Michelle-Obama.charles.dharapak.AP

Not coming to your house. (Photo: Charles Dharapak/AP)

Integrity is doing the right thing, even when no one is watching. Being a good person is its own reward. Fight racism because it’s the right thing to do.

 

 

 

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“Dress Like A Normal Person”: The Weapons of Fragile Masculinity

 

egg.barany.nandor

“Egyensúly” by Nándor Bárány, 1936

Krista Knight is a young playwright well-known and well-loved in the new plays community. She’s well-loved both for her work (her plays have been produced all over the country) and for her personality, which is supportive, generous, and kind. If you scroll through her Instagram (@playtrixx), you’ll see her promoting the work of other writers as often as her own. You’ll also see pictures of her unique, fabulous look– pink hair, flamboyant outfits, wide, happy grin. Everyone who knows Krista loves Krista.

So it shocked the many people who know her when she received this email from fellow playwright Tommy Smith:

krista.knight

 

Almost simultaneously, another man– this one an attorney– publicly berated two women at a deli in midtown Manhattan for speaking Spanish during a transaction because “this is America.” In addition to his obvious racism and his less-obvious wild hypocrisy (his own legal practice advertises Spanish language services), he ends his tirade against these two women with an attack on one’s looks, telling her, “Maybe you shouldn’t eat that sandwich today. Take a break from the food.” (See the transcript here.)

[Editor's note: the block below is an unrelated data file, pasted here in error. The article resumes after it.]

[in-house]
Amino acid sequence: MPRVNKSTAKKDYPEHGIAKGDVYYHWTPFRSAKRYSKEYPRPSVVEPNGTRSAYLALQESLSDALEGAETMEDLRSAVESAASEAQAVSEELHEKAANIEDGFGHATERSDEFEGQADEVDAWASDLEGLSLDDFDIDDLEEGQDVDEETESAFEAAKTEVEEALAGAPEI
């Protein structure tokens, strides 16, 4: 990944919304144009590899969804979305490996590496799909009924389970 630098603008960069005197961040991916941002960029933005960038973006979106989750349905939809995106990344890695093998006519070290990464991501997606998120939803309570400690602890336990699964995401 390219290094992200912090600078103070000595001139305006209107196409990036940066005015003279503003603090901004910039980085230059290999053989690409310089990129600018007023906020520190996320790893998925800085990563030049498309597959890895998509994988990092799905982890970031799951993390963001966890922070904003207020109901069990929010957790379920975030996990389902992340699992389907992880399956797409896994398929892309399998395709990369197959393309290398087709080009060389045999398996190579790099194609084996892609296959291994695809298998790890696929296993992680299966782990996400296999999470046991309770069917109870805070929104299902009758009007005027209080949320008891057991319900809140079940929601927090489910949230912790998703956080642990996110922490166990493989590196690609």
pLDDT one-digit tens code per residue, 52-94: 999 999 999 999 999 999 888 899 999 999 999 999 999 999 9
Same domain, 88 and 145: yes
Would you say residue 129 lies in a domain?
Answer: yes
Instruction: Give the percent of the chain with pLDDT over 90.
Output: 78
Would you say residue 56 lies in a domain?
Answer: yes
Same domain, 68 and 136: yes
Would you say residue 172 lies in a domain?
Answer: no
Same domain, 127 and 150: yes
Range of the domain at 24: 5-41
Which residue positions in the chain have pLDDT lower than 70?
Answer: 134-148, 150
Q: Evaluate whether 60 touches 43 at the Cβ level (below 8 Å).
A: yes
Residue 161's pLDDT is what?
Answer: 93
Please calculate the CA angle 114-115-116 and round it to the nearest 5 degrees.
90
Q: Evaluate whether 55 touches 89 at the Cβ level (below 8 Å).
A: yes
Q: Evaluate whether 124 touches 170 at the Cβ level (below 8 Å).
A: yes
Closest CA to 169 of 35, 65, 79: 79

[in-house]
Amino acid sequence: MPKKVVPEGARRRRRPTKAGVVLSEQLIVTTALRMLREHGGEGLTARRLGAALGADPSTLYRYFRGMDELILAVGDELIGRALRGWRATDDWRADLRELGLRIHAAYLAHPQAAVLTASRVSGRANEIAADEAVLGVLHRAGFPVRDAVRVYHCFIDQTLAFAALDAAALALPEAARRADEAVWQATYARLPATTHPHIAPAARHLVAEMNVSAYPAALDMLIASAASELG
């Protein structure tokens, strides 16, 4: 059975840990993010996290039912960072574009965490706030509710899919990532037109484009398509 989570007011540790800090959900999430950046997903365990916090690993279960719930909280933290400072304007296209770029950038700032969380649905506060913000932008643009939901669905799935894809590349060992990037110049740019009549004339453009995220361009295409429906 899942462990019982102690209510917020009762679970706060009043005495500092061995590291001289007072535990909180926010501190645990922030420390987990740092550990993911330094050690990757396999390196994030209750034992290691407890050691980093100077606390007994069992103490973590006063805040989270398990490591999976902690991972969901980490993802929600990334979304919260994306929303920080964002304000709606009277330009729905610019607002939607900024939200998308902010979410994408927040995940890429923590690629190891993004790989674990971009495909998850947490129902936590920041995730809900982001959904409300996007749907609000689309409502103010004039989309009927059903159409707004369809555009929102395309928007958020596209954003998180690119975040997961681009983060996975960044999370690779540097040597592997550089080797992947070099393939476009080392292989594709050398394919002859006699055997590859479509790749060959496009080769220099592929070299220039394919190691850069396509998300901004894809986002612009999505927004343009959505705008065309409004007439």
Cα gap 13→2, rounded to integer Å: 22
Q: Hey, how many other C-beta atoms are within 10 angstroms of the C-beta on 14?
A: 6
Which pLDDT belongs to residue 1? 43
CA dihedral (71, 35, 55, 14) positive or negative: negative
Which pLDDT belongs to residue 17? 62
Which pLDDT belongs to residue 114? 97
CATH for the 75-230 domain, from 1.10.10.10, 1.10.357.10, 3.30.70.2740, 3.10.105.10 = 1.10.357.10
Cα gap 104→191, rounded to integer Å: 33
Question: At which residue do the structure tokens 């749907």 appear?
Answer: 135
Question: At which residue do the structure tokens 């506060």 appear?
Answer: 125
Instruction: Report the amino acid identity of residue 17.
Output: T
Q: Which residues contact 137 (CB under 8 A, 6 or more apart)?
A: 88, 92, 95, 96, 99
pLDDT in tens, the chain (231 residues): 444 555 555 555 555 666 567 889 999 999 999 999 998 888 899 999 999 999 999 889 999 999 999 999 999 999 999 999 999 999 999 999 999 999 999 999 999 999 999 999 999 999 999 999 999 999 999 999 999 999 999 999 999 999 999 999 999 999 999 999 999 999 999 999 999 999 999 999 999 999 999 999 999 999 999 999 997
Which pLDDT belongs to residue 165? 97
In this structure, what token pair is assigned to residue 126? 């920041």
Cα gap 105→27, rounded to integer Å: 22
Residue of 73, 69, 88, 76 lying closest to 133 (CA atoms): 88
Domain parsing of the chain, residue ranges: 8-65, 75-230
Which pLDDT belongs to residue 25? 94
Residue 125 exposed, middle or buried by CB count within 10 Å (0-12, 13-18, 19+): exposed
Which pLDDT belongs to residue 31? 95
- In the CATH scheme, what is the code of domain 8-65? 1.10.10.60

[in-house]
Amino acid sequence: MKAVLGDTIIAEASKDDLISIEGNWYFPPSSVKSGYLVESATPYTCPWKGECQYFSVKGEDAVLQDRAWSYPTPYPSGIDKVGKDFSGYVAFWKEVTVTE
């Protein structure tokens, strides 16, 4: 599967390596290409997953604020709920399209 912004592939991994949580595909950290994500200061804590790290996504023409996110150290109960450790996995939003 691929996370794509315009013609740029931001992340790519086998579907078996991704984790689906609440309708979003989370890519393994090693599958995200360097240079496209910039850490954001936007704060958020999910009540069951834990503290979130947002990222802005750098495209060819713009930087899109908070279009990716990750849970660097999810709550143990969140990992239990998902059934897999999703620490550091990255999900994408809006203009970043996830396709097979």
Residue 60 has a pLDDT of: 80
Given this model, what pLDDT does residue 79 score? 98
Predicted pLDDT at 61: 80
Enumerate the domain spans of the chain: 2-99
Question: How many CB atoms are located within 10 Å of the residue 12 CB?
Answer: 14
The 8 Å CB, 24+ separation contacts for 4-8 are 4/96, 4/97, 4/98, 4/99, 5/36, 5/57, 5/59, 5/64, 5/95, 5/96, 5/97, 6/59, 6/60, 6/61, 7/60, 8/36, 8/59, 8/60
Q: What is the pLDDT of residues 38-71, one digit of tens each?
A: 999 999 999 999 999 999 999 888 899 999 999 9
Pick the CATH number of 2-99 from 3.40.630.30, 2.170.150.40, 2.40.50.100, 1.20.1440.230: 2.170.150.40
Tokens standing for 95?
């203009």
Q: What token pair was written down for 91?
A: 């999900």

What does a playwright’s wardrobe have to do with her writing? What does a woman’s weight have to do with her language? Both these attacks are illogical. Why suddenly, out of all the many Spanish-speaking people in midtown Manhattan, does a man attack two women for both their language and their appearance? Why suddenly, out of the blue, does a man attack a women for both her writing and her appearance?

Short answer: because misogyny.

Slightly longer answer: Men with fragile masculinity assert their dominance in public spaces whenever they feel their masculinity is threatened. When they feel their masculinity is threatened by a woman– the ultimate threat– they attempt to use the tools of male supremacy to put women in their place. In our male supremacist culture, women are accorded value based on their appearances alone. A man who wants to assert his dominance over a woman and make her feel small while making himself feel big and important– feel the weight of cultural male supremacy– will weaponize a woman’s appearance against her. He believes disparaging her appearance lowers her cultural value while the act of passing judgment on her appearance increases his. Weaponizing a woman’s appearance against her is one of the hallmarks of fragile masculinity.

krista

Krista Knight. (source: kristaknight.com)